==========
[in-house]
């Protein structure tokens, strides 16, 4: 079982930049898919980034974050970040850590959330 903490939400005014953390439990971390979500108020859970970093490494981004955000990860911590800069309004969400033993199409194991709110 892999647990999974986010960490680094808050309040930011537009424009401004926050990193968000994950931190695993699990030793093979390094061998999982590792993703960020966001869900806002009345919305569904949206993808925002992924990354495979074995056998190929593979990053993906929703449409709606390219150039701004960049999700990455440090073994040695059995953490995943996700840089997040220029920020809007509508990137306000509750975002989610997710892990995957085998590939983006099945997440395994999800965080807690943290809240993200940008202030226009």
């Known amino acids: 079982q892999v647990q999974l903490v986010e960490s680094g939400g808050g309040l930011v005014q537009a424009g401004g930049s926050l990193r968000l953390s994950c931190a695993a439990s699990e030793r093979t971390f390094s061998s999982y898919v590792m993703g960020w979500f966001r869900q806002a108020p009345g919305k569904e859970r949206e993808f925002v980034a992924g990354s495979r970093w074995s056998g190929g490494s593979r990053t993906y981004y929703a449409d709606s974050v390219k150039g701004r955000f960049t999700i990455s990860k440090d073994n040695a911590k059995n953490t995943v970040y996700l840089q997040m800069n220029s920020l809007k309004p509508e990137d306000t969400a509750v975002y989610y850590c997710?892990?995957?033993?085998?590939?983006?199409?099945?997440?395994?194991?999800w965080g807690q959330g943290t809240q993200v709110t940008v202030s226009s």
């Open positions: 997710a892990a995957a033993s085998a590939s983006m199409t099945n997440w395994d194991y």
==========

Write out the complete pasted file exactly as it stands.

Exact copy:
[in-house]
């Protein structure tokens, strides 16, 4: 079982930049898919980034974050970040850590959330 903490939400005014953390439990971390979500108020859970970093490494981004955000990860911590800069309004969400033993199409194991709110 892999647990999974986010960490680094808050309040930011537009424009401004926050990193968000994950931190695993699990030793093979390094061998999982590792993703960020966001869900806002009345919305569904949206993808925002992924990354495979074995056998190929593979990053993906929703449409709606390219150039701004960049999700990455440090073994040695059995953490995943996700840089997040220029920020809007509508990137306000509750975002989610997710892990995957085998590939983006099945997440395994999800965080807690943290809240993200940008202030226009």
């Known amino acids: 079982q892999v647990q999974l903490v986010e960490s680094g939400g808050g309040l930011v005014q537009a424009g401004g930049s926050l990193r968000l953390s994950c931190a695993a439990s699990e030793r093979t971390f390094s061998s999982y898919v590792m993703g960020w979500f966001r869900q806002a108020p009345g919305k569904e859970r949206e993808f925002v980034a992924g990354s495979r970093w074995s056998g190929g490494s593979r990053t993906y981004y929703a449409d709606s974050v390219k150039g701004r955000f960049t999700i990455s990860k440090d073994n040695a911590k059995n953490t995943v970040y996700l840089q997040m800069n220029s920020l809007k309004p509508e990137d306000t969400a509750v975002y989610y850590c997710?892990?995957?033993?085998?590939?983006?199409?099945?997440?395994?194991?999800w965080g807690q959330g943290t809240q993200v709110t940008v202030s226009s």
């Open positions: 997710a892990a995957a033993s085998a590939s983006m199409t099945n997440w395994d194991y």